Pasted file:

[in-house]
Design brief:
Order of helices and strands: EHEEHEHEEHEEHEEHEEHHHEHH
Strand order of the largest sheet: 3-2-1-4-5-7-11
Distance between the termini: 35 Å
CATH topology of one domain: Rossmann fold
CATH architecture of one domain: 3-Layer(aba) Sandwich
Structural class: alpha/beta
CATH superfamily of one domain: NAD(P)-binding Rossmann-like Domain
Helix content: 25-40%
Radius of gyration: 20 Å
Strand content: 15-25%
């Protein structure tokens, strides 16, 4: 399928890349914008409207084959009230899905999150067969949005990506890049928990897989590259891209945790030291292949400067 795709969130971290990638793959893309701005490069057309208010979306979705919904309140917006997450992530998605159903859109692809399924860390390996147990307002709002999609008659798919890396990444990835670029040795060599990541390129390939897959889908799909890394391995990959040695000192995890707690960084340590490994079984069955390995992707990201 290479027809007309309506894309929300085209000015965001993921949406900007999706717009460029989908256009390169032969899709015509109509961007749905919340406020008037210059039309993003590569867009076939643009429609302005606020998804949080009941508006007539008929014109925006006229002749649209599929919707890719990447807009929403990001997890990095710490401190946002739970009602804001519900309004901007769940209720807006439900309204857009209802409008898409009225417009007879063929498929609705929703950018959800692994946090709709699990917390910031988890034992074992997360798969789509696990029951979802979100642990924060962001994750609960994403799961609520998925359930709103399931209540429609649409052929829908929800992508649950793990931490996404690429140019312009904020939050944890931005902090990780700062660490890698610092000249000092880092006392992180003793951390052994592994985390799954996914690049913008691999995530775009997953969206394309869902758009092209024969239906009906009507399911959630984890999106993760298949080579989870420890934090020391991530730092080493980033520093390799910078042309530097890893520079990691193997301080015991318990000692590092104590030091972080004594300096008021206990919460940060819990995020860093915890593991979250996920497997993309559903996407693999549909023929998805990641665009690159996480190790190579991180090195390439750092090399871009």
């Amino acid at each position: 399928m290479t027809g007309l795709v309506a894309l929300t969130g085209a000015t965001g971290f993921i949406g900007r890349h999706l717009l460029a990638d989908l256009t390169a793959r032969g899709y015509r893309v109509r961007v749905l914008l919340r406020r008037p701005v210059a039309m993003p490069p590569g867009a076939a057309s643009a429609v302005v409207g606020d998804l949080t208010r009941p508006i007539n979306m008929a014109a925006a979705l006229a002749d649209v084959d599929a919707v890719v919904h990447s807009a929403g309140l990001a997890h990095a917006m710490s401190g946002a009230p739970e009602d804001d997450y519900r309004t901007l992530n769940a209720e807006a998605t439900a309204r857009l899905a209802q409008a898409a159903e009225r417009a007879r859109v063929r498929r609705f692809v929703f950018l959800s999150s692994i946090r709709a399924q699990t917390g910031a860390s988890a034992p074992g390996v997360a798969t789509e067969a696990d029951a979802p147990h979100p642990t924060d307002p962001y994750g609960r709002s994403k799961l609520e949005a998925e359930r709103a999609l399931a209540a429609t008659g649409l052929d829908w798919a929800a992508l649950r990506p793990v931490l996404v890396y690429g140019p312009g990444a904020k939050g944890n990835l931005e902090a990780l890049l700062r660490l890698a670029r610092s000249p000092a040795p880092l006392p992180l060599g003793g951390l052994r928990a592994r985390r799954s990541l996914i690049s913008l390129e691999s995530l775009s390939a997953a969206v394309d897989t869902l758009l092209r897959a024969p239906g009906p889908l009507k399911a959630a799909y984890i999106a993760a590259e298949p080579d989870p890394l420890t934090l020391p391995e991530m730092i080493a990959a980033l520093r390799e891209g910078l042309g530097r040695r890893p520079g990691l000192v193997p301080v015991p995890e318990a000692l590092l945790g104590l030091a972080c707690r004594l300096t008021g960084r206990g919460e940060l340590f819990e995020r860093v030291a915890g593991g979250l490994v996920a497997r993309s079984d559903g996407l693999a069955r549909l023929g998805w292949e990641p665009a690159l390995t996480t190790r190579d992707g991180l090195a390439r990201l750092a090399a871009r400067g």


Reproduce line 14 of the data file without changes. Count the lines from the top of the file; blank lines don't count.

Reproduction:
């Amino acid at each position: 399928m290479t027809g007309l795709v309506a894309l929300t969130g085209a000015t965001g971290f993921i949406g900007r890349h999706l717009l460029a990638d989908l256009t390169a793959r032969g899709y015509r893309v109509r961007v749905l914008l919340r406020r008037p701005v210059a039309m993003p490069p590569g867009a076939a057309s643009a429609v302005v409207g606020d998804l949080t208010r009941p508006i007539n979306m008929a014109a925006a979705l006229a002749d649209v084959d599929a919707v890719v919904h990447s807009a929403g309140l990001a997890h990095a917006m710490s401190g946002a009230p739970e009602d804001d997450y519900r309004t901007l992530n769940a209720e807006a998605t439900a309204r857009l899905a209802q409008a898409a159903e009225r417009a007879r859109v063929r498929r609705f692809v929703f950018l959800s999150s692994i946090r709709a399924q699990t917390g910031a860390s988890a034992p074992g390996v997360a798969t789509e067969a696990d029951a979802p147990h979100p642990t924060d307002p962001y994750g609960r709002s994403k799961l609520e949005a998925e359930r709103a999609l399931a209540a429609t008659g649409l052929d829908w798919a929800a992508l649950r990506p793990v931490l996404v890396y690429g140019p312009g990444a904020k939050g944890n990835l931005e902090a990780l890049l700062r660490l890698a670029r610092s000249p000092a040795p880092l006392p992180l060599g003793g951390l052994r928990a592994r985390r799954s990541l996914i690049s913008l390129e691999s995530l775009s390939a997953a969206v394309d897989t869902l758009l092209r897959a024969p239906g009906p889908l009507k399911a959630a799909y984890i999106a993760a590259e298949p080579d989870p890394l420890t934090l020391p391995e991530m730092i080493a990959a980033l520093r390799e891209g910078l042309g530097r040695r890893p520079g990691l000192v193997p301080v015991p995890e318990a000692l590092l945790g104590l030091a972080c707690r004594l300096t008021g960084r206990g919460e940060l340590f819990e995020r860093v030291a915890g593991g979250l490994v996920a497997r993309s079984d559903g996407l693999a069955r549909l023929g998805w292949e990641p665009a690159l390995t996480t190790r190579d992707g991180l090195a390439r990201l750092a090399a871009r400067g």